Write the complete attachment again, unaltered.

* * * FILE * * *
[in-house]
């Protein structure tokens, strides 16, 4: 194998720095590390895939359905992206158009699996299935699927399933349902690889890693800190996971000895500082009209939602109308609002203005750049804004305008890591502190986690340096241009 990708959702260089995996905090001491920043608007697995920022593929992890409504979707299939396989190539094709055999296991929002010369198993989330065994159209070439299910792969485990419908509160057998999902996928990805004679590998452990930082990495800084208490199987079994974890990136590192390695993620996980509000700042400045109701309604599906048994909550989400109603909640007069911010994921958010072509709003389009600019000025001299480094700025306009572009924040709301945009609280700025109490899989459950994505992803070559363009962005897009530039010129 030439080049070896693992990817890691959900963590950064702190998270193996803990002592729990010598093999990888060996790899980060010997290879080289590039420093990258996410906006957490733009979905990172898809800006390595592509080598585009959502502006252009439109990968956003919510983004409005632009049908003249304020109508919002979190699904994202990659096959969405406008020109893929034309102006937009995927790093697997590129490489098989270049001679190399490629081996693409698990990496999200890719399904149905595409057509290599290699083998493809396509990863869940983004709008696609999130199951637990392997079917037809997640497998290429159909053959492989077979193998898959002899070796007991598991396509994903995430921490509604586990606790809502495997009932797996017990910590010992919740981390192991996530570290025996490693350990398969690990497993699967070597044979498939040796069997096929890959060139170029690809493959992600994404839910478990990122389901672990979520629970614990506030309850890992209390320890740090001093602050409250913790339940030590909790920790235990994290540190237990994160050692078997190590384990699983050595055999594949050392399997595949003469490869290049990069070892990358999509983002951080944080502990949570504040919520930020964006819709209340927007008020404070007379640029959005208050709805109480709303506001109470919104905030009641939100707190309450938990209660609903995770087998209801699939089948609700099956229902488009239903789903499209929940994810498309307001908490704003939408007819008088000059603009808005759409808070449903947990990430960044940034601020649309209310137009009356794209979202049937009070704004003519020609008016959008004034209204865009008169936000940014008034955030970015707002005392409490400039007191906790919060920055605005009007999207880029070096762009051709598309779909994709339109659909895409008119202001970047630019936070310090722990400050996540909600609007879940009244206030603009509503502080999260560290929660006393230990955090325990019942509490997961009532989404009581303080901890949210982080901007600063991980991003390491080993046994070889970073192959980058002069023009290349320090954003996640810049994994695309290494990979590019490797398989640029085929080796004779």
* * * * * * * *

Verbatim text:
[in-house]
């Protein structure tokens, strides 16, 4: 194998720095590390895939359905992206158009699996299935699927399933349902690889890693800190996971000895500082009209939602109308609002203005750049804004305008890591502190986690340096241009 990708959702260089995996905090001491920043608007697995920022593929992890409504979707299939396989190539094709055999296991929002010369198993989330065994159209070439299910792969485990419908509160057998999902996928990805004679590998452990930082990495800084208490199987079994974890990136590192390695993620996980509000700042400045109701309604599906048994909550989400109603909640007069911010994921958010072509709003389009600019000025001299480094700025306009572009924040709301945009609280700025109490899989459950994505992803070559363009962005897009530039010129 030439080049070896693992990817890691959900963590950064702190998270193996803990002592729990010598093999990888060996790899980060010997290879080289590039420093990258996410906006957490733009979905990172898809800006390595592509080598585009959502502006252009439109990968956003919510983004409005632009049908003249304020109508919002979190699904994202990659096959969405406008020109893929034309102006937009995927790093697997590129490489098989270049001679190399490629081996693409698990990496999200890719399904149905595409057509290599290699083998493809396509990863869940983004709008696609999130199951637990392997079917037809997640497998290429159909053959492989077979193998898959002899070796007991598991396509994903995430921490509604586990606790809502495997009932797996017990910590010992919740981390192991996530570290025996490693350990398969690990497993699967070597044979498939040796069997096929890959060139170029690809493959992600994404839910478990990122389901672990979520629970614990506030309850890992209390320890740090001093602050409250913790339940030590909790920790235990994290540190237990994160050692078997190590384990699983050595055999594949050392399997595949003469490869290049990069070892990358999509983002951080944080502990949570504040919520930020964006819709209340927007008020404070007379640029959005208050709805109480709303506001109470919104905030009641939100707190309450938990209660609903995770087998209801699939089948609700099956229902488009239903789903499209929940994810498309307001908490704003939408007819008088000059603009808005759409808070449903947990990430960044940034601020649309209310137009009356794209979202049937009070704004003519020609008016959008004034209204865009008169936000940014008034955030970015707002005392409490400039007191906790919060920055605005009007999207880029070096762009051709598309779909994709339109659909895409008119202001970047630019936070310090722990400050996540909600609007879940009244206030603009509503502080999260560290929660006393230990955090325990019942509490997961009532989404009581303080901890949210982080901007600063991980991003390491080993046994070889970073192959980058002069023009290349320090954003996640810049994994695309290494990979590019490797398989640029085929080796004779």